Knee arthroplasty: a personalised approach

Posted on 1 Jun 2022

Mediclinic Bloemfontein introduces ROSA, a new robotic surgical assistant that enhances total knee replacement surgery.

The cutting-edge ROSA robotic system uses real-time information and assists surgeons with precise placement of knee implants based on a patient’s unique knee anatomy. After rigorous pre-training and certification, leading orthopaedic surgeons Dr Allan van Zyl, Dr Riaan Steyn and Dr Johan van der Merwe performed the first ROSA robotic-assisted knee replacement at Mediclinic Bloemfontein in February 2022.

As Dr van Zyl explains, robotic assistance does not replace a surgeon’s skill and experience, it merely enhances it. The system provides real-time data throughout the procedure to ensure accuracy. The surgeon then guides the robotic arm accordingly. “The robot does not perform the surgery,” he assures. “It simply assists us with live data and guidance throughout the procedure. In essence, we do the surgery on a computerised simulation first – and then perform the procedure on the patient.”

The introduction of ROSA technique allows surgeons to plan their procedures even better than before. “In the past, we used X-rays to plan our surgery,” Dr Steyn explains. “Now we can create a computerised 3-D morph of the patient’s individual knee, allowing for precise bone resection and alignment during surgery. We’re able to view the knee from different angles and to make our cuts accordingly, preserving as much healthy bone as possible.”

Damaged surfaces

Total knee replacement is an operation to replace damaged knee surfaces. This damage is caused mostly by osteoarthritis, a degenerative condition that results in the loss of joint cartilage (the cushioning between the bones). It usually presents as pain, inflammation and swelling.

“Generally arthritis occurs for no known reason, although sometimes a genetic reason is apparent,” Dr van der Merwe says. “Old sports injuries can lead to arthritis and South Africa’s massive increase in obesity rates certainly contributes to arthritis in the knees,” he adds. “Arthritis has certain hallmarks on X-rays and we generally see patients when they’re experiencing the end stage of this condition.”

The patient may present with  subchondral cysts (in the bone underneath the cartilage) and osteophytes (bony protrusions) where the body is trying to broaden the weight-bearing area. Joints also stiffen to limit movement that causes pain.

Precise implant fit

“Knee replacement is normally indicated when conservative treatment for arthritis, such as painkillers and anti-inflammatories are no longer working,” Dr van Zyl says. “When a patient experiences night pain that affects sleep, and results in loss of mobility, instability and/or a necessity for crutches, we will recommend surgery.” There’s a common misconception that replacement of the entire knee is involved, when in fact the knee is fitted only with a new surface during the procedure.

The first knee replacements involved a rudimentary, one-size-fits-all hinge prosthesis. “Over time there were improvements, with small, medium, and large sizes becoming available. But with limited instruments, we still had to eyeball bone cuts to fit a prosthesis as successfully as possible,’ Dr Steyn says. “Nowadays we now have many surgical instruments and a wider selection of varying sizes and widths of implants, with additional ROSA robotics at our disposal.”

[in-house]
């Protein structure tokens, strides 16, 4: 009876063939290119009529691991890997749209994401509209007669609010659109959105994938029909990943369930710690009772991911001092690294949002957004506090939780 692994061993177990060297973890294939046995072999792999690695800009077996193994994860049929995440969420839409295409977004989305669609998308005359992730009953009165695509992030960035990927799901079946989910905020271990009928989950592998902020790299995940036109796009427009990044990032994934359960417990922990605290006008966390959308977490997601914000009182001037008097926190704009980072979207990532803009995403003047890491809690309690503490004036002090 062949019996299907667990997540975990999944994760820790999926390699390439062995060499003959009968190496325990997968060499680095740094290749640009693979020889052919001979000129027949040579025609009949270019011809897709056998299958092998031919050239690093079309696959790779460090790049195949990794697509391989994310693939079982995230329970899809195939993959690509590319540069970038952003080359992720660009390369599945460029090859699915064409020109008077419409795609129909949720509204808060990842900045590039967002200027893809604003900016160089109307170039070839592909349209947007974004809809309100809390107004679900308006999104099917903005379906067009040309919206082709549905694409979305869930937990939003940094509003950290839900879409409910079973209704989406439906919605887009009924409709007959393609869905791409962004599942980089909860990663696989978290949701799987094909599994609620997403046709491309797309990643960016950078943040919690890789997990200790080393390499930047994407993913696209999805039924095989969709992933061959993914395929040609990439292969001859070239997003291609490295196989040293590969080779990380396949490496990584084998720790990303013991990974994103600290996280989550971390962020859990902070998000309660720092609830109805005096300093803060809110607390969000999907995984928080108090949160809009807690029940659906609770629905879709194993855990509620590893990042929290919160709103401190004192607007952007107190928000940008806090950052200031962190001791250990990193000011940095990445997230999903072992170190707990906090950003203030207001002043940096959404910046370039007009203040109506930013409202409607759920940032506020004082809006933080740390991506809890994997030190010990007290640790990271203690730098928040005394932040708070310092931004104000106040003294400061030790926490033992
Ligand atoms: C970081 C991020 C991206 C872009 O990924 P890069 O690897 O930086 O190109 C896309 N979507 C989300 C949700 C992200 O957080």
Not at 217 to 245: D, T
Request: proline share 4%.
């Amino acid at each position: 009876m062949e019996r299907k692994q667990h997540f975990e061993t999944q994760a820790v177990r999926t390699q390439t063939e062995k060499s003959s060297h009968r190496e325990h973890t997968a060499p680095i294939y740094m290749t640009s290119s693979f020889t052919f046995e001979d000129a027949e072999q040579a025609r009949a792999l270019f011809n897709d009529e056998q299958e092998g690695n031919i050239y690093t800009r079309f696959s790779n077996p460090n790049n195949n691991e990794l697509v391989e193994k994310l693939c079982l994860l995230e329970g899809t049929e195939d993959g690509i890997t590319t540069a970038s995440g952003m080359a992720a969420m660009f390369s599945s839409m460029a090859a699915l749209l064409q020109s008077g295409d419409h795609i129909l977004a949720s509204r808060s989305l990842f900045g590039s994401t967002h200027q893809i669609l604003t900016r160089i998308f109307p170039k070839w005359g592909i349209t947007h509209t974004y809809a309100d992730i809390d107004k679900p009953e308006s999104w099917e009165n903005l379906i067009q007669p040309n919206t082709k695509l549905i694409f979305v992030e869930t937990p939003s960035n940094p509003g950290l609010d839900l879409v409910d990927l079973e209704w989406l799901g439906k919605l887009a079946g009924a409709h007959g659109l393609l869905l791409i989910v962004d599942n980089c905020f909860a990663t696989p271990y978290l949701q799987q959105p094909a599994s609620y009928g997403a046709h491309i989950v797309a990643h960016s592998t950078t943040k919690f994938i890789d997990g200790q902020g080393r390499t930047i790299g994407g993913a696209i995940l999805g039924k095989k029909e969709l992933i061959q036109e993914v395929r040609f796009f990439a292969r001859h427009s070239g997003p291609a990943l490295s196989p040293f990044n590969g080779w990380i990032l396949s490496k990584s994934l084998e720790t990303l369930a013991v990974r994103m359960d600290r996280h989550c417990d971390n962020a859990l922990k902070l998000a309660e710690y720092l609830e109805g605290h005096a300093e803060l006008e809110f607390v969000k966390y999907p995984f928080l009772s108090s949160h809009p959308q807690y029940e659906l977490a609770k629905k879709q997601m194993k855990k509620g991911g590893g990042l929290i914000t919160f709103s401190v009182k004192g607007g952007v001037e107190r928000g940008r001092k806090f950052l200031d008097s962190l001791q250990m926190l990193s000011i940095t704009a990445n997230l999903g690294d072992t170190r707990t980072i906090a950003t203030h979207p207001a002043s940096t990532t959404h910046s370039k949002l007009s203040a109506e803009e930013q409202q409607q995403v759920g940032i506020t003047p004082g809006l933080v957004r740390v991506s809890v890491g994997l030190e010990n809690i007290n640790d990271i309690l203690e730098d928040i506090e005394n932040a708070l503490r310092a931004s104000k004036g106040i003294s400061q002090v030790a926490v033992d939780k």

During surgery, the ROSA uses a camera and optical trackers (sensors) to identify the knee’s exact location. If the leg moves fractionally, the robot adjusts accordingly. The data assists with complex decision-making and enables Dr van der Merwe  to achieve a precise knee implant fit. This is critical to a patient’s comfort and recovery following knee replacement surgery.

“Wonderful” patient experience

Annalize Doubell, 69, recently underwent a ROSA knee replacement at Mediclinic Bloemfontein. Although now a retiree, she says she’s experienced lifelong pain and various surgeries following a car accident in her youth. Her passion for gardening also contributed to ongoing knee problems. “Although I was a bit nervous beforehand, my operation was a wonderful experience,” she says. “I was able to move my knee the same afternoon. Within just three weeks I was walking without crutches and had 90% movement in my knee.”

Having performed more than 12 ROSA procedures per month since acquiring the system, Dr van Zyl confirms that his patients are definitely seeing an easier rehabilitation process. “Patients are reporting less discomfort, easier movement and a sense of better balance in their knee very soon after surgery,” he says. “They’re also reporting lower usage of pain relief medication, fewer physiotherapy sessions and overall improved knee function following surgery.”

The ROSA has also been linked to shorter hospital stays and lower rates of hospital readmission compared to traditional surgical techniques.

  • The ROSA technique is also available at Mediclinic Stellenbosch, Mediclinic Durbanville, Mediclinic Gariep and Mediclinic Kimberley.


Published in Innovation